Bookish Hub,  Reviews

#BookReview: A Garage Sale of Lovelorn Things

About the Book:

If you could spill your entire house out in the backyard, how many trinkets of memories would you really take back inside?

Through poems, I’ve decided to let go of feelings that burden me, and objects associated with them.

Through poems, I hope to clutter and heal, and to make space for better things to come.

About the Poet:

Shrutee Choudhary is an actor and a writer, based in Mumbai. She began writing as a child, in attempts to mimic the worlds she so often escaped into through various books. The poet in her, however, quite naturally leapt out as a teenager, and she has found an outlet through words ever since. She loves to tell stories, whether it is through her performance, travel or writing. She has a mass following on Instagram. Follow her work on @shruteechoudhary.

The Review:

The first thing that struck us about this book was the title. Sure enough in the foreword, Shrutee Choudhary explains how the title came to her in the form of a poem and feeling that never quite left her. As we flipped through the pages and read the 100 poems that chronicles love, union, heartbreak, separation, longing, and finally healing and moving on, we felt as though we’ve lived through the poems ourselves. 

Heartbreak is a universal feeling. Everyone knows the glow of first love and thinking it would never end. Everyone has experienced meeting the right person at the wrong time. And at some point, we’ve all had to pick up the pieces and move on with our lives.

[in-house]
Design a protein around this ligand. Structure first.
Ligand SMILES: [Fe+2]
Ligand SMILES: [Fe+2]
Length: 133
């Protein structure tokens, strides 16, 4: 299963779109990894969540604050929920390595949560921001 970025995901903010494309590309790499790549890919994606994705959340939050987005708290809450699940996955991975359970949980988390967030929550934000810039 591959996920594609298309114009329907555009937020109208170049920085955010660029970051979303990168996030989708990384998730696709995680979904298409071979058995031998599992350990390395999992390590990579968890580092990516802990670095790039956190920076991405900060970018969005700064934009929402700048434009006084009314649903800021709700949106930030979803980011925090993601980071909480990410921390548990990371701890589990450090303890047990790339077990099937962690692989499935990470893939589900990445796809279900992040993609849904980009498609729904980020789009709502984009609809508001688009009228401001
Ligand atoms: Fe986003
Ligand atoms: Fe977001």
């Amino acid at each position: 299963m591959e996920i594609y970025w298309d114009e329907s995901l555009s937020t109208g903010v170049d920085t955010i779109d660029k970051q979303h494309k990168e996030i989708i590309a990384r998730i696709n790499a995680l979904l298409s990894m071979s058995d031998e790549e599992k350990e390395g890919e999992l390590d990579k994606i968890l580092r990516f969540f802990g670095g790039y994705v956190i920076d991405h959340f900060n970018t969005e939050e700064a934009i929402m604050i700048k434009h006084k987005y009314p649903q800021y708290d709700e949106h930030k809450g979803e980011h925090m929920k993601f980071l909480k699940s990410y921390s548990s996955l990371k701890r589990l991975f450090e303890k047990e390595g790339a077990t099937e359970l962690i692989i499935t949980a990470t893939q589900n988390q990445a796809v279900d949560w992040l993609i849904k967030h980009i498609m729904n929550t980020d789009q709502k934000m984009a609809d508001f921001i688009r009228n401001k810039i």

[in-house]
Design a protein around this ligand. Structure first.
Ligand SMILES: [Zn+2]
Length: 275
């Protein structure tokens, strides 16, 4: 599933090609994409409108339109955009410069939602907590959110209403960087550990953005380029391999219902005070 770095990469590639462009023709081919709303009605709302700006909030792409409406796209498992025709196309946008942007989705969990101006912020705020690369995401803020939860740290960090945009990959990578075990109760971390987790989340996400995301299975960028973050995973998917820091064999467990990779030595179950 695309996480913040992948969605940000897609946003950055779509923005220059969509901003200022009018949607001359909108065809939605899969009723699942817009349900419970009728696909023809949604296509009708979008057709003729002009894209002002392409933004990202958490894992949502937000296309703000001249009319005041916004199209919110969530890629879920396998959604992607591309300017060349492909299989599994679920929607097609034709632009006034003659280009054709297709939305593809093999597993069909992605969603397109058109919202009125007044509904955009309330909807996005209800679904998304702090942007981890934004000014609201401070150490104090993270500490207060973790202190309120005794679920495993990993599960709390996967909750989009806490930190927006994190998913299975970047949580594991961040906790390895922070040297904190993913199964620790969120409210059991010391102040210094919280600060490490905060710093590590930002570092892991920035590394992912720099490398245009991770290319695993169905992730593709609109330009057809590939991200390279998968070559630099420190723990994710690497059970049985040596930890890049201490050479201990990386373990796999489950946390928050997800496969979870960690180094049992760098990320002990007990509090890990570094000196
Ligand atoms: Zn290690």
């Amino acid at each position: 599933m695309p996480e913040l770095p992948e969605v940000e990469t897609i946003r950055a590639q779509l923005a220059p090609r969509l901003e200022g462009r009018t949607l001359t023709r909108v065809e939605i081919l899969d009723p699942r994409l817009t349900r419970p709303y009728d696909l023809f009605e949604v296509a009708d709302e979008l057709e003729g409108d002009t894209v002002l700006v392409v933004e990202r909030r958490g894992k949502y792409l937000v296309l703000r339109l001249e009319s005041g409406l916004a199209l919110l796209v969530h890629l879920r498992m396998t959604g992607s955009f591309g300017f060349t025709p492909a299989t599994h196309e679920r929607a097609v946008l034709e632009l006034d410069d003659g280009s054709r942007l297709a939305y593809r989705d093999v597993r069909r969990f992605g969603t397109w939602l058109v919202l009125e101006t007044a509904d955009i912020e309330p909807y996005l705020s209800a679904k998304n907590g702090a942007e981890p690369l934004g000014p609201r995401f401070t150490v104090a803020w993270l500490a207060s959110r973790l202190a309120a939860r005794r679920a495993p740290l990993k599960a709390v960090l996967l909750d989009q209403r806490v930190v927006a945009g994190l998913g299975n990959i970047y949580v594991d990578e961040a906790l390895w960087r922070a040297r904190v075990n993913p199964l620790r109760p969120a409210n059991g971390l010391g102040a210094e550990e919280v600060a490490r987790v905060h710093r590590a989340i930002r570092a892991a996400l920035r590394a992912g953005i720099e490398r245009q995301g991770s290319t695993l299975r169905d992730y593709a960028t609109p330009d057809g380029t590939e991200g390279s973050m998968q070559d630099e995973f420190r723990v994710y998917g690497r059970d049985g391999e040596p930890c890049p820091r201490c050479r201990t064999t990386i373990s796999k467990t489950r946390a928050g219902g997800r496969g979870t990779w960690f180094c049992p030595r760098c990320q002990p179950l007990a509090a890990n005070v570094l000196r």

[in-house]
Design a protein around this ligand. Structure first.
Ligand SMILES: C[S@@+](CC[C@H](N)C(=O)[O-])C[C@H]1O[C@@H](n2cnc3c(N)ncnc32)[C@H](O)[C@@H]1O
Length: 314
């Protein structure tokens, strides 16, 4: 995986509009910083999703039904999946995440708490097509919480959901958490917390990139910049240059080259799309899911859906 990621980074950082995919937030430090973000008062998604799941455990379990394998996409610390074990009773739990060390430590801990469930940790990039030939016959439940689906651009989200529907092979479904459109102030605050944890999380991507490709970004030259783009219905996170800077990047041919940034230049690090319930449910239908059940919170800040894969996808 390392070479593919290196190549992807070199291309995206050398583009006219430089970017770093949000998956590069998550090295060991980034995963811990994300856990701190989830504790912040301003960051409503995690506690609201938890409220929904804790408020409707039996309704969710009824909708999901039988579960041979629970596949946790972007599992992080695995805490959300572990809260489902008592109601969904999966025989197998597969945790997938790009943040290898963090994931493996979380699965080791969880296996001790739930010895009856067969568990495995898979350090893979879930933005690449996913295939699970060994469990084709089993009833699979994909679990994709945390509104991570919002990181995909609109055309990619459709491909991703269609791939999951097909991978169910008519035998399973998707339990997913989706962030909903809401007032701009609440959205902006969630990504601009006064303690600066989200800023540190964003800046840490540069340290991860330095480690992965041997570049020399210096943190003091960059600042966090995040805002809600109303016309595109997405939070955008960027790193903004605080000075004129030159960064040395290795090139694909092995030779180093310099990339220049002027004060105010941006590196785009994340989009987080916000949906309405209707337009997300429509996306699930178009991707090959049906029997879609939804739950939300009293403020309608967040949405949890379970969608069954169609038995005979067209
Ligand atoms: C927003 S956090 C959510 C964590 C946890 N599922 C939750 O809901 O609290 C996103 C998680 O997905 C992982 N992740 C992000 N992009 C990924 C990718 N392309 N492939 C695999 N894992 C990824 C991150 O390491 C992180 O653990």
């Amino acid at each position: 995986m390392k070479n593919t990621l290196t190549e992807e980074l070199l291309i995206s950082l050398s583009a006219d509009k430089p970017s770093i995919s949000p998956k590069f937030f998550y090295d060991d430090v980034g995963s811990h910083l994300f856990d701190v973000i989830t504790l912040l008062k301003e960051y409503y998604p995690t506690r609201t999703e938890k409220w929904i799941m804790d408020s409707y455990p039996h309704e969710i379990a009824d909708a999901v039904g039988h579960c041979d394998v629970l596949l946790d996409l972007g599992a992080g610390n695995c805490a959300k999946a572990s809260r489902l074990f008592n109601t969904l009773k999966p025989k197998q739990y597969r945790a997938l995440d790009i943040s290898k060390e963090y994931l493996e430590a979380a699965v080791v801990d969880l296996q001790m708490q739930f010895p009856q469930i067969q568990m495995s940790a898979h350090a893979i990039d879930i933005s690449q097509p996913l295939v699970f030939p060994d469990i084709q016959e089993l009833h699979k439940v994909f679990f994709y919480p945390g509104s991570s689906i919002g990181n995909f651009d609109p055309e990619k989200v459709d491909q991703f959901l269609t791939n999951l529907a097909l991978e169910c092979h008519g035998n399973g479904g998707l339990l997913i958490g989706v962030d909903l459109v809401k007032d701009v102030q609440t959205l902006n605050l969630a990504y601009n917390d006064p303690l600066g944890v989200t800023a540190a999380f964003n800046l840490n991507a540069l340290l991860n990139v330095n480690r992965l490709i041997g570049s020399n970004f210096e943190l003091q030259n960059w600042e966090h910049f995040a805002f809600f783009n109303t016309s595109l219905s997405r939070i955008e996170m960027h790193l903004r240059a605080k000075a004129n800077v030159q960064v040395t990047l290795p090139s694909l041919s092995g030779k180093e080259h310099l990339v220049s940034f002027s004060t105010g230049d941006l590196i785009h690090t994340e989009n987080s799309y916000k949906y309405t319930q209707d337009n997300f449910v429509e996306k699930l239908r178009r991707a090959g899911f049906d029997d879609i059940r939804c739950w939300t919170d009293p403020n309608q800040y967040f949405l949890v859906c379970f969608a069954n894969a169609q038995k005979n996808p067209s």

How beautifully the journey is articulated by Shrutee in her garage sale of lovelorn things. She mentions that the timeline of the story she’s narrating isn’t linear and so there are pages filled with anguish, followed by pages that tell stories of a happier time gone by, never to return. 

Prachi Mehta’s illustrations bring the poems to life as well. They convey the message that the poet and the artist no doubt put their heads together to serve the delicacy to the readers. 

Personally, I’ve only ever read poetry critically thanks to the literature classes I had to take in college. I’ve been introduced to it again through the amazing poets, and this was my fourth read when it comes to poetry books. I never expected to feel so happy and content, as I flipped to the last page of the book. Some poems really did hurt a little for the truth they spoke hits a little too close to home. 

I can’t single out a single poem that I liked but I know I’ll remember reading this book for days to come. I loved the experience of reading these at night, sipping on my tea, and watching Shrutee narrate the story of a love that seemed to be doomed from the start. 

We look forward to her next work and wish her all the best. We can’t wait to see what she writes as her next book!

Aniesha Brahm_Plate

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